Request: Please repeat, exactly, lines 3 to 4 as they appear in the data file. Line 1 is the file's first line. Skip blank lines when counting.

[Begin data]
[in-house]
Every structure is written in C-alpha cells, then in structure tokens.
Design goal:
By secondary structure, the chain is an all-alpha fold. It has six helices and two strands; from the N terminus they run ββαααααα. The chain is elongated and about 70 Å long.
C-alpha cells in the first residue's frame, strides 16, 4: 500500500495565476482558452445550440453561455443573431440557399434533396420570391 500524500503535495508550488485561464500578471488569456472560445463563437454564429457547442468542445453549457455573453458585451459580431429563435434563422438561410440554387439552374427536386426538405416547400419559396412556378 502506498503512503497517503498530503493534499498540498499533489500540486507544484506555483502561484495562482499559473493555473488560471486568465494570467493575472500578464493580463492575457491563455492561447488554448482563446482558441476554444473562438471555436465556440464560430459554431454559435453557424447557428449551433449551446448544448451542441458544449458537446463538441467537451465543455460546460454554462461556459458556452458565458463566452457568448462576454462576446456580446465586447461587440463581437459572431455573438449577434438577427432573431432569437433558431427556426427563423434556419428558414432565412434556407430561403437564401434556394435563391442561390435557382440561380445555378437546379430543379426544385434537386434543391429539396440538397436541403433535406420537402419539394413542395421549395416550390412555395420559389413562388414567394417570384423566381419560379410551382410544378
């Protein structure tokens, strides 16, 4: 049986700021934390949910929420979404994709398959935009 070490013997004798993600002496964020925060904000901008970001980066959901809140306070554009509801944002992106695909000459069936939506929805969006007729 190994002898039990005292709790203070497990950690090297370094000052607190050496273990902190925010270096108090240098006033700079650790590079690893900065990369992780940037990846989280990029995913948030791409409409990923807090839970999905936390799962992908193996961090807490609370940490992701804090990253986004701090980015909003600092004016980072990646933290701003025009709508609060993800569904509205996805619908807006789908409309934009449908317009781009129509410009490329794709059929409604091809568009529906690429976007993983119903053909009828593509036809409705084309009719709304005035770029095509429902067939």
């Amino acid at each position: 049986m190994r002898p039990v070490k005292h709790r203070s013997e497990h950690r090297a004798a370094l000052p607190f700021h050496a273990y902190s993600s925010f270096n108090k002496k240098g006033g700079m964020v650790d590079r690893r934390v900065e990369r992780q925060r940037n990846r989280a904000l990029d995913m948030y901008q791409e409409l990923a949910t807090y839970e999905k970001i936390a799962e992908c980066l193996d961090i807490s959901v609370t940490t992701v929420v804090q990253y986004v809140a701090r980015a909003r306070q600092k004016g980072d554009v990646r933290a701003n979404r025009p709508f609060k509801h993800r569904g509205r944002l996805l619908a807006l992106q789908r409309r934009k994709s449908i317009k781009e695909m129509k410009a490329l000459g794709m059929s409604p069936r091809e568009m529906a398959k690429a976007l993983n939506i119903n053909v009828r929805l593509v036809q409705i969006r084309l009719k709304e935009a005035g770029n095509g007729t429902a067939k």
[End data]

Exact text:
Design goal:
By secondary structure, the chain is an all-alpha fold. It has six helices and two strands; from the N terminus they run ββαααααα. The chain is elongated and about 70 Å long.